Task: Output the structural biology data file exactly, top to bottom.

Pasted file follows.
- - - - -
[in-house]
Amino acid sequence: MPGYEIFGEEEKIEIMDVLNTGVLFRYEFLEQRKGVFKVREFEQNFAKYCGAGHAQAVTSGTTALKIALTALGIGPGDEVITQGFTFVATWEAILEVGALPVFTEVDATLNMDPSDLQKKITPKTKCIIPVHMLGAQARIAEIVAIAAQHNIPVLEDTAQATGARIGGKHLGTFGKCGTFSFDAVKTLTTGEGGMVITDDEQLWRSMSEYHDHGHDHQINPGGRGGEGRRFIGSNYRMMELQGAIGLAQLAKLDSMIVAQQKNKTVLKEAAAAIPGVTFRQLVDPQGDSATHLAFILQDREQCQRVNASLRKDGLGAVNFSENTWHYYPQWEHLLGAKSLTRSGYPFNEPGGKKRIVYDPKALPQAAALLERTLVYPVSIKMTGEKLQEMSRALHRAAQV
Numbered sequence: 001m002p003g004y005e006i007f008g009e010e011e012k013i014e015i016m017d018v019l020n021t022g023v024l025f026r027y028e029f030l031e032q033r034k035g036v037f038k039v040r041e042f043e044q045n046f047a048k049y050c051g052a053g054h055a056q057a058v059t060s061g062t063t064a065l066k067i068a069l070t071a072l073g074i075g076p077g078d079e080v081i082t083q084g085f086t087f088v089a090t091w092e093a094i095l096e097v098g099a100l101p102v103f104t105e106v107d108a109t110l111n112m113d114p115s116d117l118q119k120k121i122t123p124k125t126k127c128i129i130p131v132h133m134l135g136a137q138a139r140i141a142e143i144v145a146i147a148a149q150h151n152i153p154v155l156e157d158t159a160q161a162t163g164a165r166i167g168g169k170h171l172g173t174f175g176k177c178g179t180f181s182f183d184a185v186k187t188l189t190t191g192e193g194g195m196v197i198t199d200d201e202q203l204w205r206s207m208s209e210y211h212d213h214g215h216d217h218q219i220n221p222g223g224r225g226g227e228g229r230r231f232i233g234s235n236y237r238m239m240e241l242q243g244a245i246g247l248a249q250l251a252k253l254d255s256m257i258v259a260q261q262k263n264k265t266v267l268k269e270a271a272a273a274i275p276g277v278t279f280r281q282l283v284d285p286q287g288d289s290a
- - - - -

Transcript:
[in-house]
Amino acid sequence: MPGYEIFGEEEKIEIMDVLNTGVLFRYEFLEQRKGVFKVREFEQNFAKYCGAGHAQAVTSGTTALKIALTALGIGPGDEVITQGFTFVATWEAILEVGALPVFTEVDATLNMDPSDLQKKITPKTKCIIPVHMLGAQARIAEIVAIAAQHNIPVLEDTAQATGARIGGKHLGTFGKCGTFSFDAVKTLTTGEGGMVITDDEQLWRSMSEYHDHGHDHQINPGGRGGEGRRFIGSNYRMMELQGAIGLAQLAKLDSMIVAQQKNKTVLKEAAAAIPGVTFRQLVDPQGDSATHLAFILQDREQCQRVNASLRKDGLGAVNFSENTWHYYPQWEHLLGAKSLTRSGYPFNEPGGKKRIVYDPKALPQAAALLERTLVYPVSIKMTGEKLQEMSRALHRAAQV
Numbered sequence: 001m002p003g004y005e006i007f008g009e010e011e012k013i014e015i016m017d018v019l020n021t022g023v024l025f026r027y028e029f030l031e032q033r034k035g036v037f038k039v040r041e042f043e044q045n046f047a048k049y050c051g052a053g054h055a056q057a058v059t060s061g062t063t064a065l066k067i068a069l070t071a072l073g074i075g076p077g078d079e080v081i082t083q084g085f086t087f088v089a090t091w092e093a094i095l096e097v098g099a100l101p102v103f104t105e106v107d108a109t110l111n112m113d114p115s116d117l118q119k120k121i122t123p124k125t126k127c128i129i130p131v132h133m134l135g136a137q138a139r140i141a142e143i144v145a146i147a148a149q150h151n152i153p154v155l156e157d158t159a160q161a162t163g164a165r166i167g168g169k170h171l172g173t174f175g176k177c178g179t180f181s182f183d184a185v186k187t188l189t190t191g192e193g194g195m196v197i198t199d200d201e202q203l204w205r206s207m208s209e210y211h212d213h214g215h216d217h218q219i220n221p222g223g224r225g226g227e228g229r230r231f232i233g234s235n236y237r238m239m240e241l242q243g244a245i246g247l248a249q250l251a252k253l254d255s256m257i258v259a260q261q262k263n264k265t266v267l268k269e270a271a272a273a274i275p276g277v278t279f280r281q282l283v284d285p286q287g288d289s290a